The Backpack Ensemble

When discussing the arc of our narrative, it became obvious that we needed an ‘obstacle’ in Charlie’s journey, something stopping her from reaching her goal. As the narrative already had her trekking through the Highlands, I suggested something as simple as the weather getting in her way; perhaps a storm. The idea of a storm aroused excitement within the group, but also hesitation, as we were to somehow come up with a way to recreate water onstage (without actually using water).

I went away and thought about the elements that make up a storm; wind, rain, thunder, lightning. These combinations of light, sound and force could all easily be done using industrial fans and lighting and sound effects. However, the DIY nature of our piece pushed us to go further, to find creative alternatives to these problems. We began experimenting with the sounds of falling objects hitting a surface, such as pouring skittles into a tin bucket to recreate the sound of rain hitting a roof. Although the sound was similar, we believed there must be a way to recreate the sound without any props. It made me think, if we want to create the sound of a storm, why don’t we ‘do it ourselves’? I began researching how to make a storm soundscape using just our bodies and voices, and found this video:

The video shows a chorus of people clicking, stomping and rubbing their hands together to make the sounds of a storm. The collection of sounds was captivating. We started off in rehearsals practicing with our nine-person cast, however it then extended to the audience- if we could get the audience to provide us with the sounds of the storm on the night, then we have scope to create the rest of the effects onstage. And that is what we did. Each part of the audience had a different role- to either rub their hands, blow outwards, click, or stomp their feet- lead by a performer onstage. The effect on the night was phenomenal, perhaps mainly because we got the chance to hear the sound scape in full force for the first time!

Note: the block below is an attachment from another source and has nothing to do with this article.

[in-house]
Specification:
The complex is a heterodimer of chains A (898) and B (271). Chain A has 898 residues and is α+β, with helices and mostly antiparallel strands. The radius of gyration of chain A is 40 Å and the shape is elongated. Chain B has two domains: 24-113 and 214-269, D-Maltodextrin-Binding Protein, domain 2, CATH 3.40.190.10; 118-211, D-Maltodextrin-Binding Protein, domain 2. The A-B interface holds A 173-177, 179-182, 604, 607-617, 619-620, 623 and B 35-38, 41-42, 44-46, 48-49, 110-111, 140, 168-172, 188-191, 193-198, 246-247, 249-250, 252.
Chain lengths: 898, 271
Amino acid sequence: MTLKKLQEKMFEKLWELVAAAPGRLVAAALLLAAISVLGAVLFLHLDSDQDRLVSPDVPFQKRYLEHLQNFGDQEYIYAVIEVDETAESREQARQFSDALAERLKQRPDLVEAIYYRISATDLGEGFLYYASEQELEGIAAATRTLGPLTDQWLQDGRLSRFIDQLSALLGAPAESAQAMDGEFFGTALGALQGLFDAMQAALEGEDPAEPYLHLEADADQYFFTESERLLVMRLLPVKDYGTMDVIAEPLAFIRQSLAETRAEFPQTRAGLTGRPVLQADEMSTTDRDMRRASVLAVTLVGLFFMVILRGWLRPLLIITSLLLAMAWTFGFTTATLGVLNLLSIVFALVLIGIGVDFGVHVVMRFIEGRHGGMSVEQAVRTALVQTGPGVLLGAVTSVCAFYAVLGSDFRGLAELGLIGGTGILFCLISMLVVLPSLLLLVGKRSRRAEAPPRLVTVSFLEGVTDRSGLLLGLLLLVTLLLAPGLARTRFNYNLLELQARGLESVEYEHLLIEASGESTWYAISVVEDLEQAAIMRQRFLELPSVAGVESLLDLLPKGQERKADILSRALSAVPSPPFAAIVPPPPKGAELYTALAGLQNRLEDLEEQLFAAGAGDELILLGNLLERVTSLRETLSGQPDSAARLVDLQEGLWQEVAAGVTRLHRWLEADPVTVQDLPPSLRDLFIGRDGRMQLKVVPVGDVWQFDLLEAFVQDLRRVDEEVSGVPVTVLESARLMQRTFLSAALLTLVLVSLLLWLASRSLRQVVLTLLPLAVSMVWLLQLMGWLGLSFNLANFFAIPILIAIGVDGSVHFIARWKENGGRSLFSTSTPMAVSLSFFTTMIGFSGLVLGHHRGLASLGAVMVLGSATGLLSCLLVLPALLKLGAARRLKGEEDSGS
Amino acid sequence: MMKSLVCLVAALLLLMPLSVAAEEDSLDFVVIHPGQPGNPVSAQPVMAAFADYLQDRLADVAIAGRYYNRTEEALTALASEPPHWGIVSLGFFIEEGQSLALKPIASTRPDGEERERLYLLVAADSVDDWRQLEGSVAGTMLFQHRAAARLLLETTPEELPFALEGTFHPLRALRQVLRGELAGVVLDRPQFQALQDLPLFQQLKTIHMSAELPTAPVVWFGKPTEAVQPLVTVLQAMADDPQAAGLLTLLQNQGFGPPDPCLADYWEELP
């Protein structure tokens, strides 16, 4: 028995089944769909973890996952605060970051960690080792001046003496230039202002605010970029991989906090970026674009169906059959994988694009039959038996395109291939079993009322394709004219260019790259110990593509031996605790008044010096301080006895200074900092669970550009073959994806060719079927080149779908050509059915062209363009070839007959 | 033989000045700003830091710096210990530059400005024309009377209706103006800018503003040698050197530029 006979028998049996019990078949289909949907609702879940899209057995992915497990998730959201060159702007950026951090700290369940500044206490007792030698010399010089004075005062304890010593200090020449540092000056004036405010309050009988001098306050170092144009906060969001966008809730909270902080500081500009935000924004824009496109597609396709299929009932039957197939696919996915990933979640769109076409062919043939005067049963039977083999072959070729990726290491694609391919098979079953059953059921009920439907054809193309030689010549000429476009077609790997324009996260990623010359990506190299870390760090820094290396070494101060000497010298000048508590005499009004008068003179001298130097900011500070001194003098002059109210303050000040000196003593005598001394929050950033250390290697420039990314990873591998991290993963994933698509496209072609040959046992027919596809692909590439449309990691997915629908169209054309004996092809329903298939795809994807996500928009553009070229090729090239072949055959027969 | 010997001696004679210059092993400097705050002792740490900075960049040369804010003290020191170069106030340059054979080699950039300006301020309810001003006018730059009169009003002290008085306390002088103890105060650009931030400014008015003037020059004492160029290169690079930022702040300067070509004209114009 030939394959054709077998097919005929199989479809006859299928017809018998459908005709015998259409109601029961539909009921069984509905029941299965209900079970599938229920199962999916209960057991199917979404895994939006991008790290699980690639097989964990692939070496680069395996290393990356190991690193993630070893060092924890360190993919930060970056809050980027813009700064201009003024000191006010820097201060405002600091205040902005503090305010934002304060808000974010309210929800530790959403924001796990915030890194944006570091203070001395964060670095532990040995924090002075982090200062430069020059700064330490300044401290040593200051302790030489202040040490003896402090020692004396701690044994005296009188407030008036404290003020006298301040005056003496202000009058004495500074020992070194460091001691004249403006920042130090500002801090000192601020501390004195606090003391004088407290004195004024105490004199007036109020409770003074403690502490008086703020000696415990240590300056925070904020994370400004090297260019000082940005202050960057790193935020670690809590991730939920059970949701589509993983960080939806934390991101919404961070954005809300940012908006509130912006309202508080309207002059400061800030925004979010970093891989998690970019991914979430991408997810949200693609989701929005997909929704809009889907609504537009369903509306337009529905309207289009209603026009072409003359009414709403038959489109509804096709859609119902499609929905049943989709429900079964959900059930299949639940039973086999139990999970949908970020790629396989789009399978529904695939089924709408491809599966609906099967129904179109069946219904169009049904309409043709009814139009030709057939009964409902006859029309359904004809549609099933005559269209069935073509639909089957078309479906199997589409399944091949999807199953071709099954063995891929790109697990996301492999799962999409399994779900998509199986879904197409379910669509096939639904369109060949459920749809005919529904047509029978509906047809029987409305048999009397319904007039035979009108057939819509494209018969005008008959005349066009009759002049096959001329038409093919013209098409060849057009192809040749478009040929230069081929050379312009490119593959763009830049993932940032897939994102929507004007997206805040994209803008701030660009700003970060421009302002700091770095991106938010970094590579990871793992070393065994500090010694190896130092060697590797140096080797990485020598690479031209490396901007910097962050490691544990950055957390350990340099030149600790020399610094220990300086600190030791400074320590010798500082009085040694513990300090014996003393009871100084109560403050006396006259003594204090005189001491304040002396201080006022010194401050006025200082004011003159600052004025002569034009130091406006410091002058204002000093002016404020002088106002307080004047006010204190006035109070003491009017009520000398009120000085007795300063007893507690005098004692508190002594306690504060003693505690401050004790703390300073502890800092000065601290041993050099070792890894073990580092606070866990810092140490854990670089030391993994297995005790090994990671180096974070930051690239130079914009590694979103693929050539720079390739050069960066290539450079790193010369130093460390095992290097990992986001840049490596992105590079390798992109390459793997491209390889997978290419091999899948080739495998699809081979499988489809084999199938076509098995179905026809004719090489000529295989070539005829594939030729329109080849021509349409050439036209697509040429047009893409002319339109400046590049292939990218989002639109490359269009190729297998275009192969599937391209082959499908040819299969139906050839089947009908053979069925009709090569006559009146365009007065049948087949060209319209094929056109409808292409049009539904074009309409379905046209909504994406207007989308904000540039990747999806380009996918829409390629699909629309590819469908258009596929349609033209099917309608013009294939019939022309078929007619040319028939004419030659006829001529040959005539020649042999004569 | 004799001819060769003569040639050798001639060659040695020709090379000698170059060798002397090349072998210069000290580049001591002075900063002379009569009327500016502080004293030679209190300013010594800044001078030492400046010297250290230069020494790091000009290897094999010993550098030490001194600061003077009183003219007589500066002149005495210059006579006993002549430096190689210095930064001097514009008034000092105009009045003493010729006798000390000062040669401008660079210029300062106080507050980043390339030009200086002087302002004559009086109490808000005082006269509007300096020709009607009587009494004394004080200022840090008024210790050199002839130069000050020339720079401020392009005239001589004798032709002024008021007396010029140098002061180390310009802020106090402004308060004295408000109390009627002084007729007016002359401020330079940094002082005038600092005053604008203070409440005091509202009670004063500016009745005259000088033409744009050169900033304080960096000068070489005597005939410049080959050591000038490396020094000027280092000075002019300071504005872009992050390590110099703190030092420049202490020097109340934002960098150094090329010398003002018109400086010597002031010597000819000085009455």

The other elements of the storm were also created with this ‘do it yourself’ concept in mind. For the visuals of the thunder cloud, I decided to use multiple blue umbrellas that could be bunched together to form the shape of a cloud. The umbrellas were a useful prop that could be extended and folded at ease, and also provided an adequate surface for projection. To create the lightning bolt, I attached small torches to the handle of the umbrellas, so the performers holding them could switch them on whenever there was a thunder clap. The plan was that the audience would make the thunder claps, which would then spark the fork of lightening onstage.


(LPAC, 2017)


(Foster, 2017)

Although we’d successfully devised the properties of a storm, we needed something to happen that changed the course of the story. We decided that it should be Charlie’s life-list, as this is driving force behind her journey, and therefore decided to through the ruined pages out from behind the cloud, to portray how the storm is ruining her possessions.

Both the construction of the Albatross and the formation of the storm were the two elements that I was the most proud of throughout this production; as although neither elements were perfect, they represented the process of making creative decisions out of the limitations we set ourselves.

A link to the rehearsal videos of the final Albatross, the fork of lighting behind the umbrellas and the flying birds behind the umbrellas can be found here:






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